Besides the fact that the composers of the festival are Polish, how did you program all of the music? Could you tell me what led you to pair Chopin’s Piano Concerto No. 2 with Lutosławski’s Concerto for Orchestra for your opening concert?
The opening concert of the CCM Philharmonia season has more than once featured a faculty guest artist as a soloist. I had been looking for a chance to work with Soyeon Kate Lee, former Naumburg Competition winner, ever since her arrival at CCM several years ago. The Chopin was the ideal opportunity; when I asked which of the two concertos she preferred to play, she offered the F Minor. The Lutosławski leapt out as among the most celebratory, virtuosic scores I have never conducted, though I have admired it for decades. We perform Bartók’s Concerto for Orchestra in November, so the Lutosławski was therefore an easy choice to open the season. The Philharmonia is eating it up!

As for the remainder of the programming, I had the difficult task of choosing between literally dozens of worthy composers and styles. A work such as Górecki’s gorgeous and moving “Symphony of Sad Songs” is by now part of the canon. Along with the Penderecki Threnody, a broad spectrum of Polish music will be performed. Skrowaczewski’s English Horn Concerto was selected to provide a venue to feature another of our superb students. The Szymanowski Third Symphony, the “Song of the Night,” has been on my wish list for at least 20 years. It will be an honor to share it not only with our students and public, but with the Xavier University Choir and tenor soloist CCM faculty artist Daniel Weeks as collaborators on this performance. Ultimately, there were too many scores to choose from and unfortunately we can’t devote an entire year to Polish music. I hope our public might be inspired to explore further by what they hear.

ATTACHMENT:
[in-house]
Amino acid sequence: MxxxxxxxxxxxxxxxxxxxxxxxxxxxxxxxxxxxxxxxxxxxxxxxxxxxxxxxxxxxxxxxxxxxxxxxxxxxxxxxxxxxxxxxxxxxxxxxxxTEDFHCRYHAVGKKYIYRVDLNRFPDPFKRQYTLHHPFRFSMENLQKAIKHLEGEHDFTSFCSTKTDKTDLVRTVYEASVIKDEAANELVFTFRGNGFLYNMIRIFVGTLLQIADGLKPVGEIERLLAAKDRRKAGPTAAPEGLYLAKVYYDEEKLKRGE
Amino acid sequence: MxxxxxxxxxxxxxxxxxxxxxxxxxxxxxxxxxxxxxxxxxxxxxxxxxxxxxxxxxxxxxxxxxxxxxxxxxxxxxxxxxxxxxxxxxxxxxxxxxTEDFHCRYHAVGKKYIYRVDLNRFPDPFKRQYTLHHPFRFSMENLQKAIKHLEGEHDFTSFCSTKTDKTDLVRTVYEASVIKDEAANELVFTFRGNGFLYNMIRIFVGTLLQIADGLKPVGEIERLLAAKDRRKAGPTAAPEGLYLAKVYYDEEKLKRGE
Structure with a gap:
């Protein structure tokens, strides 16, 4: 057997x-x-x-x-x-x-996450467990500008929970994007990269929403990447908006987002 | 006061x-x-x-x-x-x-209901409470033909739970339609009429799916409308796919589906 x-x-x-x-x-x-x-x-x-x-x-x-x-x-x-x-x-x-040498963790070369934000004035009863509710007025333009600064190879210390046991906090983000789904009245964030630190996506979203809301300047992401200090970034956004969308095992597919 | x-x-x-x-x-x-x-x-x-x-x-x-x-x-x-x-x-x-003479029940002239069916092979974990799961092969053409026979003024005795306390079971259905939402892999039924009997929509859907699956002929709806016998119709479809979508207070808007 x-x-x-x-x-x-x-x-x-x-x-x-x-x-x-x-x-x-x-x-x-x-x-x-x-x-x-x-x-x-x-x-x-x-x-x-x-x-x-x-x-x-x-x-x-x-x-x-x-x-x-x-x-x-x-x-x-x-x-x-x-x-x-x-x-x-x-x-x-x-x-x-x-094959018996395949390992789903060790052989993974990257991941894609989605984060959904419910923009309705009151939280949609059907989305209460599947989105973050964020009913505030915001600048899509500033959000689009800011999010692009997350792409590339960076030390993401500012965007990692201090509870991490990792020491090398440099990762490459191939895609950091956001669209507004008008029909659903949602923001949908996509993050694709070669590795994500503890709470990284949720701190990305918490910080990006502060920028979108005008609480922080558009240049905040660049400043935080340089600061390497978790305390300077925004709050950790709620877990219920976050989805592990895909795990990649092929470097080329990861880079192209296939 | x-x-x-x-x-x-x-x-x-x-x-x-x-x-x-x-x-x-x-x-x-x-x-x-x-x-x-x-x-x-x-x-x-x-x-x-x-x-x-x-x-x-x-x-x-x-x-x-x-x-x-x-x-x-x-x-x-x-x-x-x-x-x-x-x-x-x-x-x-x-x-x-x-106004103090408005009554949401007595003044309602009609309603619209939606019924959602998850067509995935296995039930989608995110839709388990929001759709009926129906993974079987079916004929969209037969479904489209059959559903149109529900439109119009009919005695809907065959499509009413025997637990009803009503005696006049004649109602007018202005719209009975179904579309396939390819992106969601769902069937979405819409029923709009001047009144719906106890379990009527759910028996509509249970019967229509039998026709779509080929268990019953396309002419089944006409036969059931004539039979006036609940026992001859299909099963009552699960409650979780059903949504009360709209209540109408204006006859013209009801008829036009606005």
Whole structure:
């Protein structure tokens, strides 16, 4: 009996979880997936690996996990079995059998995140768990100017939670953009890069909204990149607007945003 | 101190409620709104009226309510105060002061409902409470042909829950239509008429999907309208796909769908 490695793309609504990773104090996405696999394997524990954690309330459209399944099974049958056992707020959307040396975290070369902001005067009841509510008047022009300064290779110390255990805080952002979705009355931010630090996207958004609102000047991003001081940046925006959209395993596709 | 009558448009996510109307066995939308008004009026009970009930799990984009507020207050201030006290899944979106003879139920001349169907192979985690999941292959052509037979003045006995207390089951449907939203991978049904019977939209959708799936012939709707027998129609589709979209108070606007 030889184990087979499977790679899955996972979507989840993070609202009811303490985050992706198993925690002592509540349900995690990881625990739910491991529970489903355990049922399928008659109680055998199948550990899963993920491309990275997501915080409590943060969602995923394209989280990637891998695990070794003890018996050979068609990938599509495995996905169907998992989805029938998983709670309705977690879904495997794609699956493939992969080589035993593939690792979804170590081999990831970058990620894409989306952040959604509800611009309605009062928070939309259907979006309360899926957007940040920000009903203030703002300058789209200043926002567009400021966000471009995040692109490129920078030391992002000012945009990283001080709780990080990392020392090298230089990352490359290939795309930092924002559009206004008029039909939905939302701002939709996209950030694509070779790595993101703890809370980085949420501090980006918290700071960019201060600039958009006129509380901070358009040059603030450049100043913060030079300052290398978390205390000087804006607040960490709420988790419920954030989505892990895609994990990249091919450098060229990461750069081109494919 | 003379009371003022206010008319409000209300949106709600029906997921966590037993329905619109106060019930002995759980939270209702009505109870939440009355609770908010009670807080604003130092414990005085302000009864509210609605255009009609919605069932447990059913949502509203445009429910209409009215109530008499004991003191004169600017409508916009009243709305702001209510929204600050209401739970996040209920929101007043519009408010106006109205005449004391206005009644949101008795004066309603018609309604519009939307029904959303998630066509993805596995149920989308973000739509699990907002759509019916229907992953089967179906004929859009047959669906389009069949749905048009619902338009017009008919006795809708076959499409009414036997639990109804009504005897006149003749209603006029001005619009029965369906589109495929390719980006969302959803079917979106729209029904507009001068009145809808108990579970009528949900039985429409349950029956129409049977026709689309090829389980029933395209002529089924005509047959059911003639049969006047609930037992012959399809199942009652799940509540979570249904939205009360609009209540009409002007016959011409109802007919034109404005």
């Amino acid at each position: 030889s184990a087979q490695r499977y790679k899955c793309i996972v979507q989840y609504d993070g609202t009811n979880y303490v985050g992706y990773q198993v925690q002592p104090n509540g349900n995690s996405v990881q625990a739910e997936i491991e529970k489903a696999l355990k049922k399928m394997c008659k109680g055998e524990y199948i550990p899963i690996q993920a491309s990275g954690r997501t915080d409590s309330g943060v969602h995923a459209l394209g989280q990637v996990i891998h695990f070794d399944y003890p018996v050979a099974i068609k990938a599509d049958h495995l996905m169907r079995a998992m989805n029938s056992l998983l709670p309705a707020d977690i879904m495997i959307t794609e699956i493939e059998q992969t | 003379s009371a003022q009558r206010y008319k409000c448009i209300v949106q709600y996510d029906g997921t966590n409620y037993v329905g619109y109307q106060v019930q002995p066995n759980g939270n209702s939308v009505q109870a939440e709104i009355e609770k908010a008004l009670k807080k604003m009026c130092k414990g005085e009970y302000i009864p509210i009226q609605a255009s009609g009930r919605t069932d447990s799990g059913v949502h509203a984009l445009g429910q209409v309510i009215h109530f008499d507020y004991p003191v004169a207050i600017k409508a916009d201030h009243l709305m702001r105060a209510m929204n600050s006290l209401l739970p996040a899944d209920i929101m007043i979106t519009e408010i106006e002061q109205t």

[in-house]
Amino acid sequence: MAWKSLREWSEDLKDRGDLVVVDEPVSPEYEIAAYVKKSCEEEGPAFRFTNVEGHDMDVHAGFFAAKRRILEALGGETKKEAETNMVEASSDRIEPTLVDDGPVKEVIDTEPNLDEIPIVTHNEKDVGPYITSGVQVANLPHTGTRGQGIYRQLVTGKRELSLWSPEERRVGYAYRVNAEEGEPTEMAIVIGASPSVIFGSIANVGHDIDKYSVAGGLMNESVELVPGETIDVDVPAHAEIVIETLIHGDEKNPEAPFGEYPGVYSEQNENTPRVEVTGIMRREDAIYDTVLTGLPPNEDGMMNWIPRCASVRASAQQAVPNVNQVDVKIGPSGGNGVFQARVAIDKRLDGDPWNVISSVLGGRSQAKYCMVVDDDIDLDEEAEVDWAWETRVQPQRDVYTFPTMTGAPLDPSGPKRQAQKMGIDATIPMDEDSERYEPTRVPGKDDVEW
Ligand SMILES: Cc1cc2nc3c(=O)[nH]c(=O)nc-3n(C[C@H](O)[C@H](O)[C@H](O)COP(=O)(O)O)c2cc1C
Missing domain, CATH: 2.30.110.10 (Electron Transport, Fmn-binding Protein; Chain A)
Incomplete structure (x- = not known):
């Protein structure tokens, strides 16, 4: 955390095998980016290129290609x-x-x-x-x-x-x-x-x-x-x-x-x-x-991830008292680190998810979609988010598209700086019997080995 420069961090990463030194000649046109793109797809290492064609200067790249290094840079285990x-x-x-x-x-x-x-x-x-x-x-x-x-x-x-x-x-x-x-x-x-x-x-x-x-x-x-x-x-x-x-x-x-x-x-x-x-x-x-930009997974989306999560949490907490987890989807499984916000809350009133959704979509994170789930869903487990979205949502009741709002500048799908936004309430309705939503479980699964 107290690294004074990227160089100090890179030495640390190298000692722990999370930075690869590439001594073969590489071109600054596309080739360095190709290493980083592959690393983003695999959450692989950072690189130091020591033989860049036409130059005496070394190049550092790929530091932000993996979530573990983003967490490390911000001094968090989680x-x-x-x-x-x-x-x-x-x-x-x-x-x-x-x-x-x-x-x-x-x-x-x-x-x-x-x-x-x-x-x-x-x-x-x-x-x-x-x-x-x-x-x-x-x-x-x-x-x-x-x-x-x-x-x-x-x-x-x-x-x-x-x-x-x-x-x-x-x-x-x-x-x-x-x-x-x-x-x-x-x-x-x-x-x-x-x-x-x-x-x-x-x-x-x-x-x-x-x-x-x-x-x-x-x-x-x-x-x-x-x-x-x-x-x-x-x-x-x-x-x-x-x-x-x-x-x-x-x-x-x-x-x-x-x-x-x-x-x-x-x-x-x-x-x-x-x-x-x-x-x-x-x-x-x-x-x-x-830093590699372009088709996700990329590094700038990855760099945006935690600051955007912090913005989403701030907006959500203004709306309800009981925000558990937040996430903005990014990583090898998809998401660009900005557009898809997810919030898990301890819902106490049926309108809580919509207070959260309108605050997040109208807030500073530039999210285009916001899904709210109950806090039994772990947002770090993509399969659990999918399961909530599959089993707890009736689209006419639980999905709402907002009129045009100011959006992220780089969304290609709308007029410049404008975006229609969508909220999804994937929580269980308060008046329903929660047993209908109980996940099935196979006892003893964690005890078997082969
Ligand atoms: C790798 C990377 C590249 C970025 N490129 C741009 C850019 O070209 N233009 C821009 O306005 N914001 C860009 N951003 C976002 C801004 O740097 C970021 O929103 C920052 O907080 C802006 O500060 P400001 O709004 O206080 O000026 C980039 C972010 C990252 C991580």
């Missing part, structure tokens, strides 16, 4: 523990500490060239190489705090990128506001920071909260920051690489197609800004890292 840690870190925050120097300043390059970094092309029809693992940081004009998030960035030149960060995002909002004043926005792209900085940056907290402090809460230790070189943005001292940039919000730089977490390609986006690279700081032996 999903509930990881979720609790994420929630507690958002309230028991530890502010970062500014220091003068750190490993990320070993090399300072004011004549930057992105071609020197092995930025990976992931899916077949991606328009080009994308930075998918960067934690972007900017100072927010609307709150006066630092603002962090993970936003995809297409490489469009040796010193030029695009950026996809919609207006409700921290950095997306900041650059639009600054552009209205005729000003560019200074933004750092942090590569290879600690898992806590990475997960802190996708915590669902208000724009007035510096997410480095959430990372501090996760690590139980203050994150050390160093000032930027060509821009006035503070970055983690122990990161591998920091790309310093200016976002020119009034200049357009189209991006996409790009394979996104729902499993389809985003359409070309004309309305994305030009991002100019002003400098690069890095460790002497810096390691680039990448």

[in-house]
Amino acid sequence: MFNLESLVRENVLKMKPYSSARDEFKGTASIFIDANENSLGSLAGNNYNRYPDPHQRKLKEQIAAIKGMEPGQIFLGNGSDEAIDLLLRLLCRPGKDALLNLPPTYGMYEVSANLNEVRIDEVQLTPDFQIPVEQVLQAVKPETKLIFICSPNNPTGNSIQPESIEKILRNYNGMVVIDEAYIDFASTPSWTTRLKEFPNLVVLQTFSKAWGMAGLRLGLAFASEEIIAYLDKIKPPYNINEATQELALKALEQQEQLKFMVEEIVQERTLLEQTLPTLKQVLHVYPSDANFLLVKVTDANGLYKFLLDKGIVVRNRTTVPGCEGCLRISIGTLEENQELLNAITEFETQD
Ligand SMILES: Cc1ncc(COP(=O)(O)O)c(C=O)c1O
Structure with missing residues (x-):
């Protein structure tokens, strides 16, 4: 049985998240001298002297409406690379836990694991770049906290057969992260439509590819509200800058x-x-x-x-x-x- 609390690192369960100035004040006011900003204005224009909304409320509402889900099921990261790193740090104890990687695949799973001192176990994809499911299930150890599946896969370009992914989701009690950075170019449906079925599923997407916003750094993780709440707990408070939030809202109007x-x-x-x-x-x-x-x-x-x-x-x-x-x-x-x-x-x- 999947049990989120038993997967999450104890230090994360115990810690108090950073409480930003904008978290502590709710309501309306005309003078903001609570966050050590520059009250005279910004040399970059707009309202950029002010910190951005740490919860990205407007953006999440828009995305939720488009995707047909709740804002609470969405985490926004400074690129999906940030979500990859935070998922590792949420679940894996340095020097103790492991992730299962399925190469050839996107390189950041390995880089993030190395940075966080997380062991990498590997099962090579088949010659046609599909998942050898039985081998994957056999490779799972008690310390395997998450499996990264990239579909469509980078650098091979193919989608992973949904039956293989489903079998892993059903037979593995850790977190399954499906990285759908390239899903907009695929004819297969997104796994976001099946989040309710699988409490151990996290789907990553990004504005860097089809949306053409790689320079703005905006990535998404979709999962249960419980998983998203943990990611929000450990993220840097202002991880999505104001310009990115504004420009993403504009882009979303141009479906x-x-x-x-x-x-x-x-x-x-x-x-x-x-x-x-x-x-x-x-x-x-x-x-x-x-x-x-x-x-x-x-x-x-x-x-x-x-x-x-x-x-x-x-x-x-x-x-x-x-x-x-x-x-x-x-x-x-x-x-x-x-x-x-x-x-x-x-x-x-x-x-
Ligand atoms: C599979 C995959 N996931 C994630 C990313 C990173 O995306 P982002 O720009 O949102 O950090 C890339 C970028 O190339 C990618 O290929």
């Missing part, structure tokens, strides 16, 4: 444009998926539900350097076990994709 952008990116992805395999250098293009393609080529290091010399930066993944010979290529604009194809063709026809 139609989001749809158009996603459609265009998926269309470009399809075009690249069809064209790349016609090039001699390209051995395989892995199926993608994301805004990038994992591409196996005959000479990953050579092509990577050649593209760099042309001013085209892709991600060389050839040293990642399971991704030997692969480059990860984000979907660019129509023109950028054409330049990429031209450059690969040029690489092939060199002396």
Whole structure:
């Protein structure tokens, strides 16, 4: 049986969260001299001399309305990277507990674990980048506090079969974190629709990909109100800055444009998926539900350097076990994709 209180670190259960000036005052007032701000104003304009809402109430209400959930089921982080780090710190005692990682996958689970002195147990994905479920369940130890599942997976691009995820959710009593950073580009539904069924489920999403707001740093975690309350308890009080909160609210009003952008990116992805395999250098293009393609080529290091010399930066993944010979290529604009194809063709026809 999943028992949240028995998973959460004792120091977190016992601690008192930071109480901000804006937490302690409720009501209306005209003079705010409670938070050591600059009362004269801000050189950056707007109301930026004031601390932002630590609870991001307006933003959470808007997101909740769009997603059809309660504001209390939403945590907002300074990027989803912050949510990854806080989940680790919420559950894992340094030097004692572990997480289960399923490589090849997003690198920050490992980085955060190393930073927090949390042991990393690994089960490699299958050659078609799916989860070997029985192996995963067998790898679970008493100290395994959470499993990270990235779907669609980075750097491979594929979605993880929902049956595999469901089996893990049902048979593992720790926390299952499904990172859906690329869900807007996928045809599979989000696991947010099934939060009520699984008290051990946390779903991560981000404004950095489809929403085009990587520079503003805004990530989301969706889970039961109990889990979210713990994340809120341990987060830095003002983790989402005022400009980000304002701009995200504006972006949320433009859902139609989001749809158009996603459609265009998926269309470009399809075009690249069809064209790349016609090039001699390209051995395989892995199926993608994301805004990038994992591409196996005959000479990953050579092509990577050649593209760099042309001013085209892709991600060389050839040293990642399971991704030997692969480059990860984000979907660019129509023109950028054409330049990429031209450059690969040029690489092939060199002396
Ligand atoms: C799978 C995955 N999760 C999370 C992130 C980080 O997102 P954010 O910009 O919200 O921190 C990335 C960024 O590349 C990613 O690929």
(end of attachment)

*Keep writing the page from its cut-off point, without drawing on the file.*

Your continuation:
Did you have a strong relationship with the Cincinnati Polish community before planning this festival?
My primary contact with the Polish community in Cincinnati has been through my jazz colleague, Rick VanMatre, who is married to the brilliant Polish visual artist, Anna Socha VanMatre. In fact, she has donated a major art work, a dramatic piece from her “Metamorphosis” series, for display in Corbett Auditorium for the Festival concerts. Through my friendship with the VanMatre’s, I have been introduced to more members of the local community, notably the scientist Piotr Chomczynski and his wife, Dr. Judith Heiny, whose generous sponsorship makes this festival possible. It has been gratifying to see the support from the local community, in particular the Polish-American Society of Greater Cincinnati, led by Emilia Bacca.

Music making is about community after all, the creation of family through sound. Our family just became significantly bigger.

Is the Polish Festival a one-time event, or do you hope to make it into a recurring celebration of Polish music?
For the past 10 years, we have started our orchestral season with a festival dedicated either to a specific composer or a national style. I felt it was time that Polish music be celebrated in a similar fashion, and though I cannot anticipate another festival dedicated to Polish music, I know that we will continue to feature it in our programming. Next year, we are committing major resources to celebrate the centenary of Leonard Bernstein, one of my conducting teachers and a major influence on the lives of so many American musicians.

Do you have any other thoughts you’d like to share?
I promise those who come to our concerts will be delighted with and inspired by the music of Poland, and they will absolutely learn how to pronounce the names of the composers by the end! I encourage one and all to join us for this unique tribute to one of the world’s great musical traditions.


The Polish Festival runs Sept. 9-Oct. 2 throughout the CCM Village. You can learn more about the festival’s opening concert and other events here.